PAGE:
Finishing our A Ba Ka of Philippine Souvenirs series, let’s turn our attention to the yummy treat called yema.
Souvenirs can be items that bear the unwritten trademark of a place. It’s a little bit like remembering Japan when you see sushi or Russia when you see fur hats. Nearing the finish line for our A Ba Ka of the Philippine Souvenirs series, let’s look at Walis. Wa for Walis It doesn’t matter where… Continue reading The A Ba Ka of Philippine Souvenirs: Wa for Walis
Often, souvenirs are a way to make a statement, an advertisement, or an invitation for more people to come over and visit. At times it is like a preview of what we could expect once we get there.
Aside from being a decorative piece, souvenirs can also be functional. Come to think of it, most of the time, these are everyday items used by the locals of the places we visit.
Souvenirs can be about the innovation and ingenuity of the crafters behind each creative piece. It is entirely possible to come up with a whole line of products from just one type of raw material. Issue number 11 of the A Ba Ka of Philippine Souvenirs series focuses on the various souvenir items made out of the hard shell of a coconut.
Issue “I” for the A Ba Ka of Philippine Souvenirs series is about a food item available in most parts of the Philippines -- so these are somewhat a staple to the country.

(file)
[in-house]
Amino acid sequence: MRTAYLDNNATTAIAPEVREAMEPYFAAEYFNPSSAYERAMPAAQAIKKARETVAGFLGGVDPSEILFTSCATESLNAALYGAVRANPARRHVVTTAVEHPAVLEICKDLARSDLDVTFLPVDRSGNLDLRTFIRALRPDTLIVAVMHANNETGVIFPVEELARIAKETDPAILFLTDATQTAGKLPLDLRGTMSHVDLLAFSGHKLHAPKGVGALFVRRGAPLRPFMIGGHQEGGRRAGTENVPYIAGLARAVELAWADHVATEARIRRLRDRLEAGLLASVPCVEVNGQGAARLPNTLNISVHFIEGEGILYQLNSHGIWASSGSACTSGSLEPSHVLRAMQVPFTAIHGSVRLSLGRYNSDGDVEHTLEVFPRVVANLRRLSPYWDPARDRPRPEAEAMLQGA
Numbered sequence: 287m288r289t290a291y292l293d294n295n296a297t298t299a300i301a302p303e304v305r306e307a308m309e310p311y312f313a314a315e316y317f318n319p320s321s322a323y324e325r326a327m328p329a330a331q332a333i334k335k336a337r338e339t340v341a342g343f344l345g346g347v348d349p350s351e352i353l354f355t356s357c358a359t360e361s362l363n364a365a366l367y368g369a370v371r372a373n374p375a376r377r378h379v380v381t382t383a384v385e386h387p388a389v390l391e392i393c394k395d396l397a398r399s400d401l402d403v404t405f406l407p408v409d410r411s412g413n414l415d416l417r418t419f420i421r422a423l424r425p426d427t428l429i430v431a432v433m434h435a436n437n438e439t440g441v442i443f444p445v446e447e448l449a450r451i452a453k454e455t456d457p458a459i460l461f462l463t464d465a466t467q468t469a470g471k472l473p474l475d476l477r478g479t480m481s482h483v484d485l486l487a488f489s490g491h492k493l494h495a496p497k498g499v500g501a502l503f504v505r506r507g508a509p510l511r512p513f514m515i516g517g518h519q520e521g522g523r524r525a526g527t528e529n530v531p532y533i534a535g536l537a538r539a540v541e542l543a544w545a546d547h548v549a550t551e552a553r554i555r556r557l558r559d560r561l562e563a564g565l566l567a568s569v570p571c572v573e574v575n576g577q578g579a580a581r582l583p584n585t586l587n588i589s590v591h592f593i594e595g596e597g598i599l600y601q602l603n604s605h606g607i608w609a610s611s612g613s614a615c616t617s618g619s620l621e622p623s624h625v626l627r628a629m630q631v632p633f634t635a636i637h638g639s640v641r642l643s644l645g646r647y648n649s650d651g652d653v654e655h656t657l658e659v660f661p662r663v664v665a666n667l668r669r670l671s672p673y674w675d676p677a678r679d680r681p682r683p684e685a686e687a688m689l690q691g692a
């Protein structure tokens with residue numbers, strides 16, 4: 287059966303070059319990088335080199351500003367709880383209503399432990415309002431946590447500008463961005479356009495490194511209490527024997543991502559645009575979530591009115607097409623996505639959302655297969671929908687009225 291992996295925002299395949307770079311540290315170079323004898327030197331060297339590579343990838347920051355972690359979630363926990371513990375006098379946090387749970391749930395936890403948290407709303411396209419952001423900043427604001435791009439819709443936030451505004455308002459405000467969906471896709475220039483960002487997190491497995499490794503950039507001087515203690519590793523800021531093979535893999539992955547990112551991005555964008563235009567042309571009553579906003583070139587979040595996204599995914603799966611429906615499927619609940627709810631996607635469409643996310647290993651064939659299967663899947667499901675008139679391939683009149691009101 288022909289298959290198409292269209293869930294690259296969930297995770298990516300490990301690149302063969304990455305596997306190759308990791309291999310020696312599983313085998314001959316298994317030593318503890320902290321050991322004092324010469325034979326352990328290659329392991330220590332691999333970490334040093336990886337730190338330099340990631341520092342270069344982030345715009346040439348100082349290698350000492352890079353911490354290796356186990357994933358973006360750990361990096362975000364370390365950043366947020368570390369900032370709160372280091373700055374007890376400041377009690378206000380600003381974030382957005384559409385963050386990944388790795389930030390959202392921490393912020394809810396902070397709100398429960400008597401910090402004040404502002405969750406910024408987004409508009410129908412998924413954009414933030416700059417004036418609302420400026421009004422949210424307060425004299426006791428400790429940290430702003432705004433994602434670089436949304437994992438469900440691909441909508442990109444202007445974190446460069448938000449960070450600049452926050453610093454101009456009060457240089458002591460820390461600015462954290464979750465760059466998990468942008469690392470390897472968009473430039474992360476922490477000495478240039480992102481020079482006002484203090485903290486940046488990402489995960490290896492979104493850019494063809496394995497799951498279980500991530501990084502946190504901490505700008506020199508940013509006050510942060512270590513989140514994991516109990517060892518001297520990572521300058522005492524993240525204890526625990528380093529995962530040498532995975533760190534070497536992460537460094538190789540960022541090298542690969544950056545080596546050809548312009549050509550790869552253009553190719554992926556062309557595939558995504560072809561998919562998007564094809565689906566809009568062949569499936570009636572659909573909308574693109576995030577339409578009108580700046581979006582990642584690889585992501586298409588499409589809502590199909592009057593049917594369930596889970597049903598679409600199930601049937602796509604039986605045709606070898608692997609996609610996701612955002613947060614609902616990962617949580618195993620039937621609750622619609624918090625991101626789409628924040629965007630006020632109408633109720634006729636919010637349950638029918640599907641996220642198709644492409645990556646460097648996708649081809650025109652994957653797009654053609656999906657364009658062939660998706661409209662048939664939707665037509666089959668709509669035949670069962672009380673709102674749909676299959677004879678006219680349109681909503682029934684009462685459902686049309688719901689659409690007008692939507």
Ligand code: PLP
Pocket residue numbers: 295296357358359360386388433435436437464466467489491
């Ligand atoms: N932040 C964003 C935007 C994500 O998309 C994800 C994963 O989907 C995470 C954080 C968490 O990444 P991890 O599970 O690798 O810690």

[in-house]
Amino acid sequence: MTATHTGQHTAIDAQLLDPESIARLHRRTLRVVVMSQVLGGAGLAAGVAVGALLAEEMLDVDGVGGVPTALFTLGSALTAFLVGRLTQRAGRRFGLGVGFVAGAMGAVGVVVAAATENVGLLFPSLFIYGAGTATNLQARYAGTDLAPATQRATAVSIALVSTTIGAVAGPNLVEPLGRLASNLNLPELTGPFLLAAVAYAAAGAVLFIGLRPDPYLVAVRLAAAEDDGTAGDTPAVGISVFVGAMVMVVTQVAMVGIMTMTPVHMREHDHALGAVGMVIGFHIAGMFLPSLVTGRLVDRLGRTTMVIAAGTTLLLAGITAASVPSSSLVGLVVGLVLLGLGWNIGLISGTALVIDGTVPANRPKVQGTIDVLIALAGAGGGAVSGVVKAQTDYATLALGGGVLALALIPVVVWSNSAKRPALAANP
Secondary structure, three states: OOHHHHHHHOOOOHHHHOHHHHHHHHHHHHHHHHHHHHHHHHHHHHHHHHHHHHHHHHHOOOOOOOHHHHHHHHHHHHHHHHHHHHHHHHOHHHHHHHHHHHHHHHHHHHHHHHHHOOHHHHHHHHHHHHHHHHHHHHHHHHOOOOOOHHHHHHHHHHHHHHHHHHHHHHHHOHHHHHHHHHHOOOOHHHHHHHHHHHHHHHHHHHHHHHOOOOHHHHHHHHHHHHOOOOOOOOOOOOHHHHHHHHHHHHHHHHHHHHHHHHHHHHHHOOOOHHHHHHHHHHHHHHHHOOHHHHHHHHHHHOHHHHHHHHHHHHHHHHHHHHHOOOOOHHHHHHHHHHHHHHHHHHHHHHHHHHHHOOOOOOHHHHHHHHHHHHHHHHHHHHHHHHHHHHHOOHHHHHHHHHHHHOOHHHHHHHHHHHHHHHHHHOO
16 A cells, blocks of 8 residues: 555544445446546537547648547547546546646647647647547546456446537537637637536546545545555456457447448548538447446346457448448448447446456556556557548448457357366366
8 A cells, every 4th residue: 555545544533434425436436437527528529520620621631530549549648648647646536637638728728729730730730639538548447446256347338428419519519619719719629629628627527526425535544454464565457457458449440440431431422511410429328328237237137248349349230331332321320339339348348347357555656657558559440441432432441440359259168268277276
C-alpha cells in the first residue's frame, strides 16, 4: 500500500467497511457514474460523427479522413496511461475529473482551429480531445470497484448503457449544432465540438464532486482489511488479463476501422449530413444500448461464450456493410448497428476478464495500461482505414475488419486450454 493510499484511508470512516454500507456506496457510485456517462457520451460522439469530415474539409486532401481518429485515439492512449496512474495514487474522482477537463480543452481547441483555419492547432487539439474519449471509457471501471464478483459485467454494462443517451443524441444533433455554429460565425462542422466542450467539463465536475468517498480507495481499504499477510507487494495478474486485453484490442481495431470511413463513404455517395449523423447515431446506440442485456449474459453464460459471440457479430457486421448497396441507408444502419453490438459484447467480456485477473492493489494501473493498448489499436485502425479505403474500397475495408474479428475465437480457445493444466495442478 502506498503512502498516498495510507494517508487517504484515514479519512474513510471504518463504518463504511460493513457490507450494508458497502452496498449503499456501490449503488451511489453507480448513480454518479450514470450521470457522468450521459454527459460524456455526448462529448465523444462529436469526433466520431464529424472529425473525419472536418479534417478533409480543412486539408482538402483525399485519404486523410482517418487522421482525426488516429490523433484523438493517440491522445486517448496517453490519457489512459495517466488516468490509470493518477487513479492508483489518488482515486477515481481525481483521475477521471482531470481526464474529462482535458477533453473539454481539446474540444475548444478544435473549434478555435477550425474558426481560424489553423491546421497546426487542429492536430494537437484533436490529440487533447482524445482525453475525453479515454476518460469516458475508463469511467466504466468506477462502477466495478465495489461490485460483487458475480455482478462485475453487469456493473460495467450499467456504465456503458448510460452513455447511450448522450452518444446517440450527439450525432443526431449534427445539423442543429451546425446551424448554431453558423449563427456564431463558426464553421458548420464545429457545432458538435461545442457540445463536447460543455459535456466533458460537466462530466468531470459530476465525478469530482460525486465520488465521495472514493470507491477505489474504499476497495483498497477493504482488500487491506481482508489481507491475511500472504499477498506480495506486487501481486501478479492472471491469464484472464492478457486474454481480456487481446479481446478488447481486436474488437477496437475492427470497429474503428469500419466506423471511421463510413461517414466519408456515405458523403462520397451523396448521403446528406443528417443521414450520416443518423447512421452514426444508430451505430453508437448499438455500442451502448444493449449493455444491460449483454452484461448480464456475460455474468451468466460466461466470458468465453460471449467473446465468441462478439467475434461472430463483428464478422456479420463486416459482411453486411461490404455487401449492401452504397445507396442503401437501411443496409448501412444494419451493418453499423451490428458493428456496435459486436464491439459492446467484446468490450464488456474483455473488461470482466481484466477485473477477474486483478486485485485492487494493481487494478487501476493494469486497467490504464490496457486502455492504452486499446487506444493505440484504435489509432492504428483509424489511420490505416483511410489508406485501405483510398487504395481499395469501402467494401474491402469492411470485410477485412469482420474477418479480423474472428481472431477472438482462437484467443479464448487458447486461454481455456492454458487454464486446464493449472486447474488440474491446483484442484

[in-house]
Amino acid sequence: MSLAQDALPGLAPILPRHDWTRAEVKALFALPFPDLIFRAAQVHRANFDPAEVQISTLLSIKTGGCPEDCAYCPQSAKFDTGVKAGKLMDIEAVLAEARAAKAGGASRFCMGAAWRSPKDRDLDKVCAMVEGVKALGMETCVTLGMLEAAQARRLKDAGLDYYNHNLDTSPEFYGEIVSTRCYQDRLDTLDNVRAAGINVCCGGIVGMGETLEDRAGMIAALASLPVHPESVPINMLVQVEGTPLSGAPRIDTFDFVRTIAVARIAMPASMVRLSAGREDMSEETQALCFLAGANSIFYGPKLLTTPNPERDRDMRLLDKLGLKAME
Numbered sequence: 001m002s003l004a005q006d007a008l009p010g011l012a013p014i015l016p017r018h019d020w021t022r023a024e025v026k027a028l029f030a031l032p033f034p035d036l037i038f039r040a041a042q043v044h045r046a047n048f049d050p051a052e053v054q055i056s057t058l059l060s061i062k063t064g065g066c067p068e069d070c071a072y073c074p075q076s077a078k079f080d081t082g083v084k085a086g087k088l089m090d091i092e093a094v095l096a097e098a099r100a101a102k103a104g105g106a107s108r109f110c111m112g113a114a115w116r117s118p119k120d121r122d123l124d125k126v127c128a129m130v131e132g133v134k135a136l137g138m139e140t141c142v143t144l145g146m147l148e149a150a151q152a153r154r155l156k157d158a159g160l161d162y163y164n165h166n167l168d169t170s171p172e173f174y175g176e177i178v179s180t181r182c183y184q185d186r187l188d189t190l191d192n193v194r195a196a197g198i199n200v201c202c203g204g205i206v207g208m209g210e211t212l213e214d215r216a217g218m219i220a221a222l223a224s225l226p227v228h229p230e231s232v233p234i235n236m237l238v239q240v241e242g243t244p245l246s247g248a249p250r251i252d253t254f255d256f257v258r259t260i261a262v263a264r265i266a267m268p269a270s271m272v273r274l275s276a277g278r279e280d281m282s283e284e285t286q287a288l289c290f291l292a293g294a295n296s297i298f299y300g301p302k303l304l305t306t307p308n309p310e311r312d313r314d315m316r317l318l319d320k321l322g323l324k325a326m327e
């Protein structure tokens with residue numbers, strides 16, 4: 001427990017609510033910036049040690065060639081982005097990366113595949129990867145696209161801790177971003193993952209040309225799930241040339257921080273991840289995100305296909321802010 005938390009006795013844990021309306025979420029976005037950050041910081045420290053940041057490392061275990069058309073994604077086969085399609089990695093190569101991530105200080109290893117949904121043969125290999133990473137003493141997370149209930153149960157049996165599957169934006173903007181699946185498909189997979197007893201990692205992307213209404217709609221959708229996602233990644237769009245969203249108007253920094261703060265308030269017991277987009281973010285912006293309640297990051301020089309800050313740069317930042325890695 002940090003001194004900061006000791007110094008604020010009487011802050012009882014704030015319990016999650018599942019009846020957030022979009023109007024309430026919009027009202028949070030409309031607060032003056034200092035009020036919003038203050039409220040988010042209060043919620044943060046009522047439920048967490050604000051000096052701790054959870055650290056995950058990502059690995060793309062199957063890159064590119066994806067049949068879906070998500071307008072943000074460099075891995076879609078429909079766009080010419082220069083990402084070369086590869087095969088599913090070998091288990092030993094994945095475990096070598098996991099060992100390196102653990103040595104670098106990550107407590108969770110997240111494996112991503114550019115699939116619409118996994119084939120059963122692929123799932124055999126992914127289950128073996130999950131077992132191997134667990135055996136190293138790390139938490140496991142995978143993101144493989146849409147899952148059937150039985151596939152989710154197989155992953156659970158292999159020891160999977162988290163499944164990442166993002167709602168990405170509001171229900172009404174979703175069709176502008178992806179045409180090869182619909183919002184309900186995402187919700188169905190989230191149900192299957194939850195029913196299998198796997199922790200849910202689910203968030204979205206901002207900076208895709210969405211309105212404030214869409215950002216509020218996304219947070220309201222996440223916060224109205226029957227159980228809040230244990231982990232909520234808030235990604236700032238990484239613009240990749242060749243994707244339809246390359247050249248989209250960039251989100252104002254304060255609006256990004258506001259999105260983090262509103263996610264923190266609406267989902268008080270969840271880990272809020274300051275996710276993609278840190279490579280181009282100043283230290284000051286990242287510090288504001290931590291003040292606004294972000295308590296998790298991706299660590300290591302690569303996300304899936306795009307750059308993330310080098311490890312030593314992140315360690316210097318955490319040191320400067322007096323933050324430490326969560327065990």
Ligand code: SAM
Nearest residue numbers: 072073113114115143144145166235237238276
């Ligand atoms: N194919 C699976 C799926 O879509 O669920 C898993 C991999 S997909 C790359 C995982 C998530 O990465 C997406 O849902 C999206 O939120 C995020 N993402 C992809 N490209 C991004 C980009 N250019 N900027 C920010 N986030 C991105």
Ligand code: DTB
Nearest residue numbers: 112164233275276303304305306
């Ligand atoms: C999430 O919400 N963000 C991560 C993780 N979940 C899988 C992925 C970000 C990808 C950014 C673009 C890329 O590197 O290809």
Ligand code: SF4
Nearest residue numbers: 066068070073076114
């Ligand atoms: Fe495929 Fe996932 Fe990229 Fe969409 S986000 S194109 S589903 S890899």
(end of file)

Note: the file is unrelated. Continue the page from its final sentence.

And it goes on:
“Gitara” is the Filipino term for guitar. During the country‘s Spanish era, the friars brought over their guitars from Spain and introduced the instrument as “kitara,” which is the Spanish term for guitar, to the Island of Mactan.
Most souvenirs have a certain character, story, and swag to it. These souvenirs not only remind you of the places you visit but also give you a glimpse of the rich culture and history that made it such a visit-worthy place. E for Espada Our fifth installment for the A Ba Ka of Philippine Souvenirs… Continue reading The A Ba Ka of Philippine Souvenirs: E for Espada
The great thing about souvenirs is that culture is etched, woven, carved, or maybe dyed into vernacular materials, turning everyday items into must-have collectibles.
The abaniko as a souvenir is practical, lightweight, useful, and affordable. It is no wonder why tourists would always take a bunch of the hand-crafted woven fans home with them. As some tourists would probably keep one piece for their souvenir collection, others would choose the abaniko as a “coming home” present (or “pasalubong”, as Filipinos call it) for their friends and families.